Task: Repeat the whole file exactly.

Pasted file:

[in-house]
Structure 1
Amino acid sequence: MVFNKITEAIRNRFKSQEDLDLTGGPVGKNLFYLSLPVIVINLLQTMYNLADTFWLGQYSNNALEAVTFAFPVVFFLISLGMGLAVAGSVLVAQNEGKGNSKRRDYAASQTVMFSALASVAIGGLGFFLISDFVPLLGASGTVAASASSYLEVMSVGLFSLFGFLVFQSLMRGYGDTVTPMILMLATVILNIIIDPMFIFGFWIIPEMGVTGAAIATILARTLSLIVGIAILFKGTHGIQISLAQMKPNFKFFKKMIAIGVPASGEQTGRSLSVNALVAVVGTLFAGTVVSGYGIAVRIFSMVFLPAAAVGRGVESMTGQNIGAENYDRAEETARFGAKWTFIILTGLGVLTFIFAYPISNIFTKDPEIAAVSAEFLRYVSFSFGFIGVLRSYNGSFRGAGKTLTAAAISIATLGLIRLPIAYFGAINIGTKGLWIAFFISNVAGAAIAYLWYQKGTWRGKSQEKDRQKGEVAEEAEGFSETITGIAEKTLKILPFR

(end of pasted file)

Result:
[in-house]
Structure 1
Amino acid sequence: MVFNKITEAIRNRFKSQEDLDLTGGPVGKNLFYLSLPVIVINLLQTMYNLADTFWLGQYSNNALEAVTFAFPVVFFLISLGMGLAVAGSVLVAQNEGKGNSKRRDYAASQTVMFSALASVAIGGLGFFLISDFVPLLGASGTVAASASSYLEVMSVGLFSLFGFLVFQSLMRGYGDTVTPMILMLATVILNIIIDPMFIFGFWIIPEMGVTGAAIATILARTLSLIVGIAILFKGTHGIQISLAQMKPNFKFFKKMIAIGVPASGEQTGRSLSVNALVAVVGTLFAGTVVSGYGIAVRIFSMVFLPAAAVGRGVESMTGQNIGAENYDRAEETARFGAKWTFIILTGLGVLTFIFAYPISNIFTKDPEIAAVSAEFLRYVSFSFGFIGVLRSYNGSFRGAGKTLTAAAISIATLGLIRLPIAYFGAINIGTKGLWIAFFISNVAGAAIAYLWYQKGTWRGKSQEKDRQKGEVAEEAEGFSETITGIAEKTLKILPFR